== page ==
My smallest girl was so excited yesterday unwrapping our Christmas snow globes. She gave each one a little shake before she found a place for them on the bookshelf and watched the swirl of white glitter surround the figures within.
This time of year is a bit like living in a shaken snow globe. All the busyness of school plays and concerts, shopping, cooking and trying to get everything done is like a huge swirl of glitter celebrating yet surrounding and sometimes obscuring the message at its heart.
At the centre of my advent snowglobe there’s the extraordinary miracle of a newborn king laid in a manger, Almighty God constrained in weakness, a world changed forever. I desperately want to celebrate it, to marvel with the shepherds at the miracle of the incarnation, to be soaked in the reality of God-with-us.
And yet there are days when all I can see is the snow, and however hard I try I can barely make out the outline of the new parents cradling my lord and my saviour. This postcard is exactly where I’ve been for the last few weeks, struggling to get a glimpse of Jesus through the snowstorm.
When I started to pray about this picture I was certain that God was going to talk to me about finding stillness, about making space for the glitter to settle so that I can see clearly. And that would no doubt be a great plan. But I was wrong, he wanted to say something quite different –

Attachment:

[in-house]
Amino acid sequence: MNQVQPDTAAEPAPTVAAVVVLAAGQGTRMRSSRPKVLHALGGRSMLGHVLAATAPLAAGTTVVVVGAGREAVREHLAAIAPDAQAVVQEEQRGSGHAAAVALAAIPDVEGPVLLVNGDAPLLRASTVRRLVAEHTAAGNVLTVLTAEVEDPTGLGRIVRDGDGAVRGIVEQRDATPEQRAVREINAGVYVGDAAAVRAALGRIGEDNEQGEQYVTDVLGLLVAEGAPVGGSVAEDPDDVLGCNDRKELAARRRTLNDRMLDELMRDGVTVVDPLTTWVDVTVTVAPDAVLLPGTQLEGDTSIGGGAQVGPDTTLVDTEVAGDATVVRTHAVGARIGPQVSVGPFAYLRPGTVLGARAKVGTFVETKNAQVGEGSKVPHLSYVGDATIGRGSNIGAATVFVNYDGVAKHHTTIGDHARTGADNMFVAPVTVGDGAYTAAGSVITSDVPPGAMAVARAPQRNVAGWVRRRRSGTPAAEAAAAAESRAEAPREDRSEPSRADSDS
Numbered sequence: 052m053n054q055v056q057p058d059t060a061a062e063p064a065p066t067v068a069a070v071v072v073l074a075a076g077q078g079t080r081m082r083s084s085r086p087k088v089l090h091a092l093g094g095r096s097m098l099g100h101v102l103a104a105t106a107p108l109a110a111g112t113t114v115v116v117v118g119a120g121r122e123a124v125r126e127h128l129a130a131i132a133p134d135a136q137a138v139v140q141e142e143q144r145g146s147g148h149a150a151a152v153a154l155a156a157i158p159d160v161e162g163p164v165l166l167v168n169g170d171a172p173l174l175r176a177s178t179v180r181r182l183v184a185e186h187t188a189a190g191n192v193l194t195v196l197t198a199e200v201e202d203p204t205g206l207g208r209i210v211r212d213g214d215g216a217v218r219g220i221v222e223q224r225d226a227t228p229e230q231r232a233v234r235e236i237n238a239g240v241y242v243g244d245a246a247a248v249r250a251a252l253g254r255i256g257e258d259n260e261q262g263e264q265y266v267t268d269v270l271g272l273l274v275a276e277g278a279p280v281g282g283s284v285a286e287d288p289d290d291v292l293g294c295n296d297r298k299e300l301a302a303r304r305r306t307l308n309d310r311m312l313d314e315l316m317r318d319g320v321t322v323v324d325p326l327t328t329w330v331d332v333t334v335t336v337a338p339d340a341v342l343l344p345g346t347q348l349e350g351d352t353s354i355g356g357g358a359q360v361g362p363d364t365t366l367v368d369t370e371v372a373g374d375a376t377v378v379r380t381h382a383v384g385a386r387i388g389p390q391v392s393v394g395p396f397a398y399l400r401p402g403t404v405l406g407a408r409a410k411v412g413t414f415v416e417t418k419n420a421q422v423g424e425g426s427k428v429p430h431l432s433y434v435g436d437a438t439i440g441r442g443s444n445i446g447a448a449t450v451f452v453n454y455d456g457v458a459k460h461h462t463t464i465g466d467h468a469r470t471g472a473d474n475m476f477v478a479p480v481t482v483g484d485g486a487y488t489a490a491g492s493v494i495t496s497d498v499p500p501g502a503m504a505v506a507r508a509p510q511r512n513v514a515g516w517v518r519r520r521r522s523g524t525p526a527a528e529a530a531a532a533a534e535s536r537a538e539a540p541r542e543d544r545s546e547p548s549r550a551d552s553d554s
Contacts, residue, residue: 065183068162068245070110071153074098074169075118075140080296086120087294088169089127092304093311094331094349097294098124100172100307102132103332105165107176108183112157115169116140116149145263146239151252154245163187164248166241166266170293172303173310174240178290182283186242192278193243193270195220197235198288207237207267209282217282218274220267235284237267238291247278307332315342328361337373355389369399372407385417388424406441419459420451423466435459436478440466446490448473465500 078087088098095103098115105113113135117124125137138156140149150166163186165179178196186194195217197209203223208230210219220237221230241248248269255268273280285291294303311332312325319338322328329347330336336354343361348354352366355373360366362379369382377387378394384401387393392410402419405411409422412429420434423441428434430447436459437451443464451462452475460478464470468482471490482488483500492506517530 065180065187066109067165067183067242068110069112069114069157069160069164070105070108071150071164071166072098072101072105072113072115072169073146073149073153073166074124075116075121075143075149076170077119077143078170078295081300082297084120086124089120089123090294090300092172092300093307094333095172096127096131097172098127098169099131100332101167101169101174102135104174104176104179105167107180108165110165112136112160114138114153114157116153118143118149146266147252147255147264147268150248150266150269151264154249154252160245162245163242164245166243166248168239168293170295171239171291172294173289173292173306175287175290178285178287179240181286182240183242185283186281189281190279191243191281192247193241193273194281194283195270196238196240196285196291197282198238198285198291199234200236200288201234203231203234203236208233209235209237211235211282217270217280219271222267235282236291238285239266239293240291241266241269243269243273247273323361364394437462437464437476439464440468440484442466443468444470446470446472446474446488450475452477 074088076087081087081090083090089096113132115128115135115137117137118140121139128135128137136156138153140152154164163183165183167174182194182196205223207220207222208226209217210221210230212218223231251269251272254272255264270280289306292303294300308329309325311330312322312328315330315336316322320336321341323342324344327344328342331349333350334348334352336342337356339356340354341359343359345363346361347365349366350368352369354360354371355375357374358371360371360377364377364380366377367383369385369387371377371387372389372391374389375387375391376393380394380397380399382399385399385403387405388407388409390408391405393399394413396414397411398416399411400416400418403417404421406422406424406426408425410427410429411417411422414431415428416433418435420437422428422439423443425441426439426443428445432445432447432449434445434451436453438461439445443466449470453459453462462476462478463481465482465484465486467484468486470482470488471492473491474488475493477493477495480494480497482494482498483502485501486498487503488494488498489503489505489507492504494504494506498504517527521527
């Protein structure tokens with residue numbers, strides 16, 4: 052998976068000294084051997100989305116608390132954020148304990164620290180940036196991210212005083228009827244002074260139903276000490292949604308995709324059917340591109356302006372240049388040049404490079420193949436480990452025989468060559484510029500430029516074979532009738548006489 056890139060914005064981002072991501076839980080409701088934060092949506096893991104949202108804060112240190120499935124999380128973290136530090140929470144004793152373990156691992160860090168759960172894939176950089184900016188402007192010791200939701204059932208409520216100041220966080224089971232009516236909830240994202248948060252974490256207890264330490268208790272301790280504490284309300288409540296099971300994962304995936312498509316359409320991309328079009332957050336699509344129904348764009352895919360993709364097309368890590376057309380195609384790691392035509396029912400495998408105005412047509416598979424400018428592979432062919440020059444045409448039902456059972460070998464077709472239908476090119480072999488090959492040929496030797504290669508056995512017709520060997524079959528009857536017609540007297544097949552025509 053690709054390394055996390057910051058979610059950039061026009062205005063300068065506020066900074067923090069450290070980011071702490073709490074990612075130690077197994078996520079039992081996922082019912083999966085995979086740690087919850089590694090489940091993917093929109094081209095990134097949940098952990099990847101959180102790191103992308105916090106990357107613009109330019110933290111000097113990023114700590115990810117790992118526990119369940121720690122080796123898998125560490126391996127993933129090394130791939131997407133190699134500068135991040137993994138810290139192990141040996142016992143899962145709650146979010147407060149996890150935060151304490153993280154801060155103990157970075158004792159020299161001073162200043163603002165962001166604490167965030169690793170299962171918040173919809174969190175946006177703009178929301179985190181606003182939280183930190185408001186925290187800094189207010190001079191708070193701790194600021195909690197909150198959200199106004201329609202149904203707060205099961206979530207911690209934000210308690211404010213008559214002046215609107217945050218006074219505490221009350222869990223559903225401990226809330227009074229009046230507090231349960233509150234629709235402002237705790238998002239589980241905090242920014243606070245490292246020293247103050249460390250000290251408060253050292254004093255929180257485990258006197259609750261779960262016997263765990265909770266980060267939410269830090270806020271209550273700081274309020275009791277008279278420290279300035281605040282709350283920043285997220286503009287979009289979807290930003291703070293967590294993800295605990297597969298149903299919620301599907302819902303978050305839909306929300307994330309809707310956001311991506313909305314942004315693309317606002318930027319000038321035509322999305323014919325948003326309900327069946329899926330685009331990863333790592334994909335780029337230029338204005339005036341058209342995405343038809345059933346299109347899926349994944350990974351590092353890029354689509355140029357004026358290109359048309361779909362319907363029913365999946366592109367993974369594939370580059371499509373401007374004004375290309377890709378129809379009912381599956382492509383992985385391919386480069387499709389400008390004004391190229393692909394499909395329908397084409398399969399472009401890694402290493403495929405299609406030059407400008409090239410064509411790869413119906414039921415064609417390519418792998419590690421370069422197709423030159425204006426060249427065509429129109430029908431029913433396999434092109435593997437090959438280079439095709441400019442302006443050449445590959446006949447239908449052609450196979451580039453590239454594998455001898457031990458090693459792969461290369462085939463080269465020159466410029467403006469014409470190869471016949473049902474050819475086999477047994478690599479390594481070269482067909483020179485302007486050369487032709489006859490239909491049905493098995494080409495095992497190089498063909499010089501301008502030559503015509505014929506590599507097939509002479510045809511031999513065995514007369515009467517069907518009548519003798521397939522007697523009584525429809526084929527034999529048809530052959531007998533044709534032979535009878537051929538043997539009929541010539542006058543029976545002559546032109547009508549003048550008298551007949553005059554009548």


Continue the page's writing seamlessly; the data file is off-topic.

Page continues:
Just know it. Even when you can’t see it, know that he is there, at the very centre.
The shaking of our snow globes doesn’t remove the figures inside, just obscures them.
This Christmas, even when you can’t see for glitter, know that he did invade the world that he created. Know that he brought his Kingdom to Earth and that, in spite of all appearances, the increase of his government and peace will not end.
Know that however much the snow globe of your life is shaken, and by whatever means, he will still be there. Even when it feels as though the world has been turned upside down and the storm is at its most suffocating – nothing has changed… he is still there.
And it is possible to reach out through the storm or the glitter and catch hold of him, not seeing perhaps, but touching the miracle of the God who loved us and came to pitch his tent among us.
He is still there
God with us.